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Class of 2068: 4,000 Valedictorians

We’ve already written at some length about how the number of valedictorians is increasing each year: the last sub-4.0 GPA valedictorian was in 2003; this past Commencement saw five valedictorians with perfect GPA’s.

However if you look at the astoundingly tight regression line on a chart that was given to the faculty as part of a discussion about grade inflation, it appears that 55 years from now the average grade at the College will be an A. Therefore, all students will be tied with the best grades in the class.

Grade Inflation Regression.jpg

Now that’s equal opportunity. Everyone can be a valedictorian.

Addendum: Here’s an example of a time when an A really meant something: the History 35 (“Colonial America”) class that Phil Hanlon ‘77 took with Professor Jere Daniell ‘55 in the fall of 1975. Look closely: out of 42 students, only three received an A grade (including Phil!), five earned A-, and a total of fourteen students were given a C+/C/C-.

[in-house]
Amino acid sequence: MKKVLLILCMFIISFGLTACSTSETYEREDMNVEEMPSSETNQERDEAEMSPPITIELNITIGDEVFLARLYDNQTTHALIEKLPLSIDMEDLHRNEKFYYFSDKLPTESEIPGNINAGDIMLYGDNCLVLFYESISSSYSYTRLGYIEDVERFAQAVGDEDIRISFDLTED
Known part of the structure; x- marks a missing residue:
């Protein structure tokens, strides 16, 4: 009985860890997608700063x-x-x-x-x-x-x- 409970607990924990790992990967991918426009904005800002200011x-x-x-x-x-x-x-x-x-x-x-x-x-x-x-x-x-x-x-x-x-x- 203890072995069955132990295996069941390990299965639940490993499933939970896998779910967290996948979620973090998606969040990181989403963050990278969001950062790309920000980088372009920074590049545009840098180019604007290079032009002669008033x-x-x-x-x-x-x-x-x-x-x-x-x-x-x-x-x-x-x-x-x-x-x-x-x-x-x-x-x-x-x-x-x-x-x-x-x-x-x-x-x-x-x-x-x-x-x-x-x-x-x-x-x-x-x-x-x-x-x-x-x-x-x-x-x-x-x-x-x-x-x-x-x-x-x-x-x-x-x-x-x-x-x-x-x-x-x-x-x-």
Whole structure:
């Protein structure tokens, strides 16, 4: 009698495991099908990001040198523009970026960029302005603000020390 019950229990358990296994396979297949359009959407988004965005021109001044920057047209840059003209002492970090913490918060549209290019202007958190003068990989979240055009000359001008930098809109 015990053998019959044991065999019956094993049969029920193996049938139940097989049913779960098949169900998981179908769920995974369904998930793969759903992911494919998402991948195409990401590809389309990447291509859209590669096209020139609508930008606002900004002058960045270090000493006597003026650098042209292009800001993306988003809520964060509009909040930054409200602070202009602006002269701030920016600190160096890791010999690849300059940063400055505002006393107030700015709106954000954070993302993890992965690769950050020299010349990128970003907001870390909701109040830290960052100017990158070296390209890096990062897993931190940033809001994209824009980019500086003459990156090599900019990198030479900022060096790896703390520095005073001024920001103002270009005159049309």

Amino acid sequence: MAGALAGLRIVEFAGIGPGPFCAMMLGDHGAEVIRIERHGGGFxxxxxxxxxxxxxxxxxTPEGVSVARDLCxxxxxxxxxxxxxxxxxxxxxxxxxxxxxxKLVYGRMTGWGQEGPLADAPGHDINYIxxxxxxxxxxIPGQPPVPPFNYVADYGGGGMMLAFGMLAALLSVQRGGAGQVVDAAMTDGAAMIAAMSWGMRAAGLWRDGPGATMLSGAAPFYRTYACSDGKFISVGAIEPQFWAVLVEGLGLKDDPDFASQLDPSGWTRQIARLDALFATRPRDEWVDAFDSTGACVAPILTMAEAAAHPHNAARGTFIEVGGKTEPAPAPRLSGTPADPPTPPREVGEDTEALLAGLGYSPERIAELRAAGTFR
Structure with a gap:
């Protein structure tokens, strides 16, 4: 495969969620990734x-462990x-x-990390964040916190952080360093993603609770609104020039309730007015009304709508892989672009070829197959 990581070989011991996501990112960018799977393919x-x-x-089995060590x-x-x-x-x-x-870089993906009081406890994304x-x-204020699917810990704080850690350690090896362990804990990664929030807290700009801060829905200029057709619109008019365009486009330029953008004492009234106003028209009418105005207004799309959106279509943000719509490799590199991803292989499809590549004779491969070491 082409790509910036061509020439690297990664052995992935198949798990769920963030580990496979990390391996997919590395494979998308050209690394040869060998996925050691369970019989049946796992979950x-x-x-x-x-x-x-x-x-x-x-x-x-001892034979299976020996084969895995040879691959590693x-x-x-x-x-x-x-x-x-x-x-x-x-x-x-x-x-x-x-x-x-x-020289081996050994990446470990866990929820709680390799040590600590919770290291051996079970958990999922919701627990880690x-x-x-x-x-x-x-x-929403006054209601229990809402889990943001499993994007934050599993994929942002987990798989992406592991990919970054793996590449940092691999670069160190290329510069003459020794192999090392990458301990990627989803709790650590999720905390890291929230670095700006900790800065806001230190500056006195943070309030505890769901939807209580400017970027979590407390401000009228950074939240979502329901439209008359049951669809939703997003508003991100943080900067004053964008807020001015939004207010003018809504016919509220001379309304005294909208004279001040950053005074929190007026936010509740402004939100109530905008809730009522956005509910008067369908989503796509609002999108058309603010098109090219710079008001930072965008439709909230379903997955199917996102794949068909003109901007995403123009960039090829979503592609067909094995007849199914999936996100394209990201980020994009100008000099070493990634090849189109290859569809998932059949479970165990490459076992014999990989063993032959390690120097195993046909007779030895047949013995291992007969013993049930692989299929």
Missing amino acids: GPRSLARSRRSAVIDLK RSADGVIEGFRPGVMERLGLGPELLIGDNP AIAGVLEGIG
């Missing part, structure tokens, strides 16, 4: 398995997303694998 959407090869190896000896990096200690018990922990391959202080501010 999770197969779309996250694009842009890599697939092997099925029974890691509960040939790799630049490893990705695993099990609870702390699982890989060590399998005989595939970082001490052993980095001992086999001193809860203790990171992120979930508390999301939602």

Daniell Hanlon History 35.jpg

Professor Daniell was a tough grader. His average grade in History 35 was just below a B (2.85 to be precise). Two years later, he only gave Phil a B in History 36, in which Phil wrote an independent research project on Gouverneur Morris, the “Penman of the Constitution,” who gave his name to Hanlon’s hometown of Gouverneur in upstate New York.

I’ll bet that nobody’s parents called the Dean to complain about the unfairness of their child’s grade in either course.


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